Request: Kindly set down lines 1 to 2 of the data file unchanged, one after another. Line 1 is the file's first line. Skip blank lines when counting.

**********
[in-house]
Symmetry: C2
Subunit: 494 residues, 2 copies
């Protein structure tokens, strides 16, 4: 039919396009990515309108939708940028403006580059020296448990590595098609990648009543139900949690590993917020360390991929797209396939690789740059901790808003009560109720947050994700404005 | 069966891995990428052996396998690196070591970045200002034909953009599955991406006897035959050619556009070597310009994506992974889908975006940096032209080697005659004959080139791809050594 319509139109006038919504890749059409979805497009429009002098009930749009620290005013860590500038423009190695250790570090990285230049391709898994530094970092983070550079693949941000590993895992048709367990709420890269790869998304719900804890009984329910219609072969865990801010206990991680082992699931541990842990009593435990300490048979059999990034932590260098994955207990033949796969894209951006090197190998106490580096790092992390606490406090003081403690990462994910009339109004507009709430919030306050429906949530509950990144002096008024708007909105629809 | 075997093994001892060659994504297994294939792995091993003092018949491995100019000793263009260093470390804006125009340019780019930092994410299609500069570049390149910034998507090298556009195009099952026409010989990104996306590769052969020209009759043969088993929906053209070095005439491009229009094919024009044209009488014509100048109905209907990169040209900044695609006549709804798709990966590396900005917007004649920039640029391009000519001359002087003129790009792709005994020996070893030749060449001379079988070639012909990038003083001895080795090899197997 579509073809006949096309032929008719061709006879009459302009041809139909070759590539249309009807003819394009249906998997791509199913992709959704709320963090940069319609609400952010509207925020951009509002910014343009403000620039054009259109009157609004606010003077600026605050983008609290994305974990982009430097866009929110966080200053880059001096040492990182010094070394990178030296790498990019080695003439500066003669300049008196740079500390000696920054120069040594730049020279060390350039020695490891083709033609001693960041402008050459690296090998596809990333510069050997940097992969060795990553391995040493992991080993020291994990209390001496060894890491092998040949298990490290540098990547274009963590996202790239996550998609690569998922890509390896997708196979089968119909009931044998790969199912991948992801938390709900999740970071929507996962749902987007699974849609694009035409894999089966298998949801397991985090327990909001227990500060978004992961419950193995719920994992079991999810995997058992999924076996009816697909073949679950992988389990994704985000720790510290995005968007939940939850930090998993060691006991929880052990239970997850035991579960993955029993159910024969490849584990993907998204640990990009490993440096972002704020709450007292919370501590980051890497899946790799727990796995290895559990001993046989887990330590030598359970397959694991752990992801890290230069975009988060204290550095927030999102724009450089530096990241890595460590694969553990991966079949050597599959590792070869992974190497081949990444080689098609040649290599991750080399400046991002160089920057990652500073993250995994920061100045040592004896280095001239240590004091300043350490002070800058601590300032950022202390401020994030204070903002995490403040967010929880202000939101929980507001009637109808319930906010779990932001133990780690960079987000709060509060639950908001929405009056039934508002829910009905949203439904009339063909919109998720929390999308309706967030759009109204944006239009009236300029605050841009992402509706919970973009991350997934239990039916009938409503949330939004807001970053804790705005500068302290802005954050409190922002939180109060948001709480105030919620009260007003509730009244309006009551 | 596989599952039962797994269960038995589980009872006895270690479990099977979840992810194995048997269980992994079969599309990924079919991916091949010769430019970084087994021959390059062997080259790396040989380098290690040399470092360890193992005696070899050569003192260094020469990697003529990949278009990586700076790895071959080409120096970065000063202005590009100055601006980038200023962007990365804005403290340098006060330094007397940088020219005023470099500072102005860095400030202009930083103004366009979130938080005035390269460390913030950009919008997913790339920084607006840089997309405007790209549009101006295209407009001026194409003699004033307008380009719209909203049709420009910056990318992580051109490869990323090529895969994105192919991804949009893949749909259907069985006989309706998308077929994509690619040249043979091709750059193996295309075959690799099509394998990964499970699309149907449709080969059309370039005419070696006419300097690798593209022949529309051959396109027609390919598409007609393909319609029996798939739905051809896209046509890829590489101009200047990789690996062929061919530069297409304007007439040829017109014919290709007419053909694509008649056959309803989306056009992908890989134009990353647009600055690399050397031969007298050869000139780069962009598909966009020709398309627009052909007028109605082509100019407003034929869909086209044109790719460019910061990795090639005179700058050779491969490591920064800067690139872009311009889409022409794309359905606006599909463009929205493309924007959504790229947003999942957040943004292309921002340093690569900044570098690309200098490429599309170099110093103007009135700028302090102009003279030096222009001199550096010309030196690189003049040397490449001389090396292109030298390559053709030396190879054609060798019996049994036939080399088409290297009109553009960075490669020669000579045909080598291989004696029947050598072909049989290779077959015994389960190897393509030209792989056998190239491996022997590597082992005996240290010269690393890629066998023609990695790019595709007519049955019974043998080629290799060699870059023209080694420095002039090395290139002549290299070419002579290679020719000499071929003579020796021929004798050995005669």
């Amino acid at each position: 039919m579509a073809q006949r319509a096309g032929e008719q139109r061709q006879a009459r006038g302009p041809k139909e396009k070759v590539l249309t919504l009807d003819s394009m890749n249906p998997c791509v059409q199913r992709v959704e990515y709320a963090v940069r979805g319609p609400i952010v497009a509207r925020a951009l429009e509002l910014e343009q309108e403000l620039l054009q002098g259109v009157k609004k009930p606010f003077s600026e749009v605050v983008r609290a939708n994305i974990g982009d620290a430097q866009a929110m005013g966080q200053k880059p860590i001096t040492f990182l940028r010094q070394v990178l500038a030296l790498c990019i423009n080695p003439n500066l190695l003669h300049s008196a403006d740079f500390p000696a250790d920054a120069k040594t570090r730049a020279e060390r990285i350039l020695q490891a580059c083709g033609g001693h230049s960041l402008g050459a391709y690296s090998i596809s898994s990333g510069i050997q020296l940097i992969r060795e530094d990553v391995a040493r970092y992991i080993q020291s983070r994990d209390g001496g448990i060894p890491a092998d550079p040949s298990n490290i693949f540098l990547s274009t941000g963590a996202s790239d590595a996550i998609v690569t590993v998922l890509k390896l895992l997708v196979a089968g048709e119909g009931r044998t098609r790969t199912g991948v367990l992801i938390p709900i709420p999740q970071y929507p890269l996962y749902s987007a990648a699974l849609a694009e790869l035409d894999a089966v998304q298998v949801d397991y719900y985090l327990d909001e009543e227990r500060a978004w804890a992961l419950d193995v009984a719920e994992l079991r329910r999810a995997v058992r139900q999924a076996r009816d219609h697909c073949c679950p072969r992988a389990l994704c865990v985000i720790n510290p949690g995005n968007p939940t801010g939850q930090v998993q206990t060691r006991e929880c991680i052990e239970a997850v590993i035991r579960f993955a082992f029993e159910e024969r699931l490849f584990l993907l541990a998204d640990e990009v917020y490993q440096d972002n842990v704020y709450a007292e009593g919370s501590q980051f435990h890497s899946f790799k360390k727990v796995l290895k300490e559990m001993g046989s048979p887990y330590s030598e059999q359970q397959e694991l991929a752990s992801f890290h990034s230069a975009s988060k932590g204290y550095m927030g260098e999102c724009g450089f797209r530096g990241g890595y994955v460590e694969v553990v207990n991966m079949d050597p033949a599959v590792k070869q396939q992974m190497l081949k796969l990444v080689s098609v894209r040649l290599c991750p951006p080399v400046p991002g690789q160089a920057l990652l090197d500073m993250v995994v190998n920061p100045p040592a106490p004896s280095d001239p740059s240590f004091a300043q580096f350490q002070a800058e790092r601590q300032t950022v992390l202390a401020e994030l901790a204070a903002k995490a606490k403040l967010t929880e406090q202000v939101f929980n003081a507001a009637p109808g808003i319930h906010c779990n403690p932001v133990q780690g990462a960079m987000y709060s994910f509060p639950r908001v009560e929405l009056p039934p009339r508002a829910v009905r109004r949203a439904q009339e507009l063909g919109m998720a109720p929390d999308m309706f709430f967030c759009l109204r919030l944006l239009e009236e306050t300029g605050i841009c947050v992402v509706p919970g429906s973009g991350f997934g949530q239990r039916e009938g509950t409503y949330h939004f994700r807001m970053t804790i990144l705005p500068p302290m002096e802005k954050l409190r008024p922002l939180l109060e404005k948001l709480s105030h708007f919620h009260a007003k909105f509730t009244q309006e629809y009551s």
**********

[in-house]
Symmetry: C2